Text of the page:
U.S. stocks pushed higher at the close of a choppy session on Wednesday as investors considered a slew of company warnings on the impact of inflation to earnings alongside the Federal Reserve's latest communications about using their policies to rein in rising prices. The Fed's May meeting minutes reaffirmed that central bank officials saw additional 50 basis point rate hikes as appropriate over the next couple meetings.
The S&P 500 wobbled but then gained Wednesday afternoon after the release of the Fed minutes, which also noted that more aggressive tightening and "a restrictive stance of policy may well become appropriate depending on the evolving economic outlook and risks to the outlook." The Dow and Nasdaq each also rose. Treasury yields mostly declined, and the benchmark 10-year yield fell to hold just above 2.75%.
Investors this week have also eyed a growing list of companies citing the effects that inflation have had and will have on results going forward. Retailers including from Walmart and Target last week to Dick's Sporting Goods (DKS) and Abercrombie & Fitch (ANF) this week slashed their earnings forecasts for the year as the companies absorbed rising goods and transportation costs. And elsewhere, Snap (SNAP) warned earlier this week that it would post weaker-than-expected sales and profit results this year as the macroeconomic environment "deteriorated further and faster than anticipated." This was taken as a harbinger of softer results for a bevy of ad-driven tech stocks, sending the Nasdaq Composite to its lowest close since Nov. 2020 on Tuesday.
As the grim company guidance piles up, Wall Street has been looking for signs that the Federal Reserve's interest rate hikes and monetary policy tightening will achieve bringing down inflationary pressures. The Fed's minutes from its early May meeting Wednesday afternoon reaffirmed that most monetary policymakers were considering rolling out additional 50 basis point rate hikes at the next two Fed meetings. The Fed raised rates by 50 basis points earlier this month for the first time since 2000, after having raised rates by just 25 basis point earlier this year.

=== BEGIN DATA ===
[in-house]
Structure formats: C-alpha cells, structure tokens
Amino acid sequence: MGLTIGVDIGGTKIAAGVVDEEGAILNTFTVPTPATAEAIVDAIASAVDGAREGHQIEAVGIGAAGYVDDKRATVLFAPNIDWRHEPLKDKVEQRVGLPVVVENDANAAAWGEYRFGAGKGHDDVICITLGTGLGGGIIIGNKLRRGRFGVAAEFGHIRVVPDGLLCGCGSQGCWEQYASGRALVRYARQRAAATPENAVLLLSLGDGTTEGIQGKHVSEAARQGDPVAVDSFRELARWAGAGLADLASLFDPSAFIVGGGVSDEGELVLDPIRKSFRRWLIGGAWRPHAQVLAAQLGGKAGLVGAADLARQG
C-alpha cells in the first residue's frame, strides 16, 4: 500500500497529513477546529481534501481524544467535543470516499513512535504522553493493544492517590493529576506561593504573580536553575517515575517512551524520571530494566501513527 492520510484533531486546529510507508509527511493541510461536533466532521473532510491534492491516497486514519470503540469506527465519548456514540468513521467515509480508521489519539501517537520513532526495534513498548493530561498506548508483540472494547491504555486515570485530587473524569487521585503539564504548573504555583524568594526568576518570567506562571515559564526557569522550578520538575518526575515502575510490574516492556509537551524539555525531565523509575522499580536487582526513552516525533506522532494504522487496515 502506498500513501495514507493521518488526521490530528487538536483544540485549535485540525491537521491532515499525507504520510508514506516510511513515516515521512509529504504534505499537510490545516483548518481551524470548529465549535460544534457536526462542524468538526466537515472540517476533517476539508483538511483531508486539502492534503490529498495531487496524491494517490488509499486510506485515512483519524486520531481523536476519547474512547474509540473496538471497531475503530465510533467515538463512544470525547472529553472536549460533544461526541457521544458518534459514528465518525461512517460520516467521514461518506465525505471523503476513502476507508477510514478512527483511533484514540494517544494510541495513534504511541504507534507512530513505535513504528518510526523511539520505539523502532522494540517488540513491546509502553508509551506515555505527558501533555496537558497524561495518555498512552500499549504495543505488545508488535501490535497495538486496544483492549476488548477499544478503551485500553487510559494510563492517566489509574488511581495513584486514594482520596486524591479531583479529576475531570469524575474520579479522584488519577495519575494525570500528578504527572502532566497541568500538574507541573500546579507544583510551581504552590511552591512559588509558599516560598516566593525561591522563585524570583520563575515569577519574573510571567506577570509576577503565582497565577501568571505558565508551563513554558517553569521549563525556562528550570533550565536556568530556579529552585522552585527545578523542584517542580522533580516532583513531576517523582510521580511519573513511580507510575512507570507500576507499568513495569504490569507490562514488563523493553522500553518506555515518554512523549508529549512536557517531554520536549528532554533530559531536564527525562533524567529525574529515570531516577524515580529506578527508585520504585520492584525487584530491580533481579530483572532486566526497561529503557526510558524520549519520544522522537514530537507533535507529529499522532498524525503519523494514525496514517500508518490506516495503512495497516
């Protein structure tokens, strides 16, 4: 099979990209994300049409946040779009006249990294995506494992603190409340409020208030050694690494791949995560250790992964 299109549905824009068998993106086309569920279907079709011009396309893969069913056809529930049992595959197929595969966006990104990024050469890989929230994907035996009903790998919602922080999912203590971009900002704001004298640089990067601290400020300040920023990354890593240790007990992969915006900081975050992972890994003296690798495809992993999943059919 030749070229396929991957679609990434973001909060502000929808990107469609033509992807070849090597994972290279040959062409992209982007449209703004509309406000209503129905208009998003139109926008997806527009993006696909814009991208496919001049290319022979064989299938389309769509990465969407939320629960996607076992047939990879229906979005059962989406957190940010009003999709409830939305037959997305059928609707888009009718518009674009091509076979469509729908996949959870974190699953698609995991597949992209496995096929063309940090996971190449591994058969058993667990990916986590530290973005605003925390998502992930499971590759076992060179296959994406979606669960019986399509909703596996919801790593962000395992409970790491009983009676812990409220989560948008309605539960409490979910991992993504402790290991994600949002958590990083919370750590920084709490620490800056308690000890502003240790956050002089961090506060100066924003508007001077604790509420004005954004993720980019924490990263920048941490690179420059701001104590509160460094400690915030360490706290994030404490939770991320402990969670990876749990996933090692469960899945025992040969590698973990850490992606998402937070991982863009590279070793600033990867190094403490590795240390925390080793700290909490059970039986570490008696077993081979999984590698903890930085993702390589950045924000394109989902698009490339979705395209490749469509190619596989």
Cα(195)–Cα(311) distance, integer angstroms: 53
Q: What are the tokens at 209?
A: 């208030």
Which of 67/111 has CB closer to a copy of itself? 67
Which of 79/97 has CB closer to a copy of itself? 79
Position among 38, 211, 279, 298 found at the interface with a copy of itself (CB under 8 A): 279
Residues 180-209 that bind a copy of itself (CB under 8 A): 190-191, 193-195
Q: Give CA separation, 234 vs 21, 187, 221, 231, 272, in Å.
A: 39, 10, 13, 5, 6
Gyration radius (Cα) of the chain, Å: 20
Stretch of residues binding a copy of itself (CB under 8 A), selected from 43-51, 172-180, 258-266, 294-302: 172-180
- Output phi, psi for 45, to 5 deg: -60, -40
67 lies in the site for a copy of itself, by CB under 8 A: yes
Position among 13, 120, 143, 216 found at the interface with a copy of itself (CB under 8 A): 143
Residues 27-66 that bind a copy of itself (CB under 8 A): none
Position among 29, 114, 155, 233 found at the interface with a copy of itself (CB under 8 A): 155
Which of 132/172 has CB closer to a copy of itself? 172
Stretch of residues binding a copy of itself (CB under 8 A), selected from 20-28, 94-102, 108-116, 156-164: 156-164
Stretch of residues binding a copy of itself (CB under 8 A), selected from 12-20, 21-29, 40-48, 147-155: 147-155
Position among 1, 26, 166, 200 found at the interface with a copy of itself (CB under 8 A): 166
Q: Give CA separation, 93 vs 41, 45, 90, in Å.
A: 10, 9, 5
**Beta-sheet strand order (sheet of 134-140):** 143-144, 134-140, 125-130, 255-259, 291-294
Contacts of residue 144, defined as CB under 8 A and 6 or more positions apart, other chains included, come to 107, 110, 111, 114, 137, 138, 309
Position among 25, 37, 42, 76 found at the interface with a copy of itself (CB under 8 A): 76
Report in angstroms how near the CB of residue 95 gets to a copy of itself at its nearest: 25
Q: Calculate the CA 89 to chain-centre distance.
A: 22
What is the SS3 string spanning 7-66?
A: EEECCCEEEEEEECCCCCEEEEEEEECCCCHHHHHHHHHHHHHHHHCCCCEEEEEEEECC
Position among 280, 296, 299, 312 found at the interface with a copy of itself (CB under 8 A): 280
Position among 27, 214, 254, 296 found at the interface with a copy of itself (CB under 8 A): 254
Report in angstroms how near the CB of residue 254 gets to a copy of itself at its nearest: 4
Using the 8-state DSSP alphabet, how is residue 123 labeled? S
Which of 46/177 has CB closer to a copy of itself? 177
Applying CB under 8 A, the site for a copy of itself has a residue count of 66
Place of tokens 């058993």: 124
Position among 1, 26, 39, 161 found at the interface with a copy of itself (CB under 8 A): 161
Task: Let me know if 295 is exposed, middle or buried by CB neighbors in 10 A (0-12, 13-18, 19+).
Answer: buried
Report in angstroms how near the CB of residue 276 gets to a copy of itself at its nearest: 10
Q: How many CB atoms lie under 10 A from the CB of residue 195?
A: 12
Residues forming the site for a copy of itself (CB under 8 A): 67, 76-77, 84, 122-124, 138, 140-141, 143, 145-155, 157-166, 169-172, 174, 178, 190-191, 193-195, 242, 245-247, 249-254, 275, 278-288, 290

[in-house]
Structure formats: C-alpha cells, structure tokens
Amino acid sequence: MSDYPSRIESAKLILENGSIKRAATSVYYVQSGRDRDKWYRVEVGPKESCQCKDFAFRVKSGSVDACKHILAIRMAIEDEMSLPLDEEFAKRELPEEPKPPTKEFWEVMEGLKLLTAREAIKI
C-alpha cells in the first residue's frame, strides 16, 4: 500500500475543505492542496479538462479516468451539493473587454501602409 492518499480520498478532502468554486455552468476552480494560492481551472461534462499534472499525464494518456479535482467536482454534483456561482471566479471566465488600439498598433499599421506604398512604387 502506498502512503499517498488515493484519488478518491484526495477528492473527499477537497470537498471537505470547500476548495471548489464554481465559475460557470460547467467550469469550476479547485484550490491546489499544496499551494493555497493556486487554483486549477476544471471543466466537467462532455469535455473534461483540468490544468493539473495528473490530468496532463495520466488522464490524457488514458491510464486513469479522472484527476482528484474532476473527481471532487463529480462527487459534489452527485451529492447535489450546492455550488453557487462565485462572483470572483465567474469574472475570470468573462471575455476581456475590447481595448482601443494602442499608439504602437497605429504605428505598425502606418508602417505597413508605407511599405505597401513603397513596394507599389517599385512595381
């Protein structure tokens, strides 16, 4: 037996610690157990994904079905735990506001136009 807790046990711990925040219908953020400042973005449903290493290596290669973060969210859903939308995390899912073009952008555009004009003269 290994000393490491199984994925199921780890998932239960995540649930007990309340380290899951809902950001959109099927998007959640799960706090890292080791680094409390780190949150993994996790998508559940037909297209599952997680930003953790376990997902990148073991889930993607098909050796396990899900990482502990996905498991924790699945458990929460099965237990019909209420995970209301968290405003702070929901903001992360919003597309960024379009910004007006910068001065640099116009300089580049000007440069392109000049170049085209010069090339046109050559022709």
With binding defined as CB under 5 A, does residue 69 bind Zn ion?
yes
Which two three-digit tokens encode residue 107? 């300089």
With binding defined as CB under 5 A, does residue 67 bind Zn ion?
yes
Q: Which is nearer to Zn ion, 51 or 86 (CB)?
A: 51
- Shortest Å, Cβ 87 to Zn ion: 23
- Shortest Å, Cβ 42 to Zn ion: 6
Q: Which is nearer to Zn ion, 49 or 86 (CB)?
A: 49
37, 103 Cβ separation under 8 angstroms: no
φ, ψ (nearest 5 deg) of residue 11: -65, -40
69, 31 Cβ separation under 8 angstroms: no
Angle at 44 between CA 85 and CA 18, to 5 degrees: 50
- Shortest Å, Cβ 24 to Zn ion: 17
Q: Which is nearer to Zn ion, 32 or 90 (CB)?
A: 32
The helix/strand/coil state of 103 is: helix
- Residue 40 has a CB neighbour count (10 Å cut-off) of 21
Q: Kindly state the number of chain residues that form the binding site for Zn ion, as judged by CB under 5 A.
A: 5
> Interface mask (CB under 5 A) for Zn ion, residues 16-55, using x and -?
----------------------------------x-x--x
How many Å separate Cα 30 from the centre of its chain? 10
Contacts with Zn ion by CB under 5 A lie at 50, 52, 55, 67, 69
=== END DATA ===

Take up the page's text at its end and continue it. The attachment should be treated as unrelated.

"The challenge right now is we’re in this new chapter of the inflation story. If you’ll recall, last year it started with whether it’s transitory — turns out, it wasn’t. Then it became about the Fed at the end of last year and earlier this year, whether or not they would tighten significantly. And they did, and now all that’s priced in," James Liu Clearnomics founder and CEO, told Yahoo Finance Live. "And now what the market is looking at is are basically the fundamentals around how inflation affects corporate profitability and consumer demand."
And beyond the domestic concerns, a myriad of international concerns — from Russia's war in Ukraine, to China's ongoing COVID outbreak — have further infused volatility into the market.
"The Fed can't really do anything about what's going on between Russia and Ukraine, they can't really do anything about China's COVID zero policies ... and a lot of traders are starting to get concerned," Shawn Cruz, TD Ameritrade head trading strategist, told Yahoo Finance Live.
"The way the market to me is reacting to that, is one, there's de-leveraging going on. There are some liquidation events out there as well, and that is one of those 'selling begets more selling' type of environments. And then the other one is, there's just not enough confidence out there to come in there and meaningfully put money back to work," he added. "Once you start to see leverage start going back up, cash coming in from the sidelines, that to me would be an indication that there is at least a little bit more certainty in the outlook for a lot of these people on the sidelines to come back in."
4:05 p.m. ET: Stocks end choppy session higher after Fed minutes: Nasdaq gains 1.5%, Dow adds 192 points, or 0.6%
Here were the main moves in markets as of 4:05 p.m. ET:
S&P 500 (^GSPC): +37.25 (+0.95%) to 3,978.73
Dow (^DJI): +191.66 (+0.60%) to 32,120.28
Nasdaq (^IXIC): +170.29 (+1.51%) to 11,434.74
Crude (CL=F): +$0.97 (+0.88%) to $110.74 a barrel
Gold (GC=F): -$11.80 (-0.63%) to $1,853.60 per ounce
10-year Treasury (^TNX): -1.1 bps to yield 2.7490%
2:15 p.m. ET: Fed minutes show support for another two half-point rate hikes while adding 'a restrictive stance of policy' could become appropriate
The Federal Reserve's latest meeting minutes Wednesday afternoon reaffirmed Fed Chair Jerome Powell's prior assertions that the central bank was weighing two more half-point rate hikes.
"Most participants judged that 50 basis point increases in the target range would likely be appropriate at the next couple of meetings," according to the minutes. "Many participants assessed that the Committee’s previous communications had been helpful in shifting market expectations regarding the policy outlook into better alignment with the Committee’s assessment and had contributed to the tightening of financial conditions."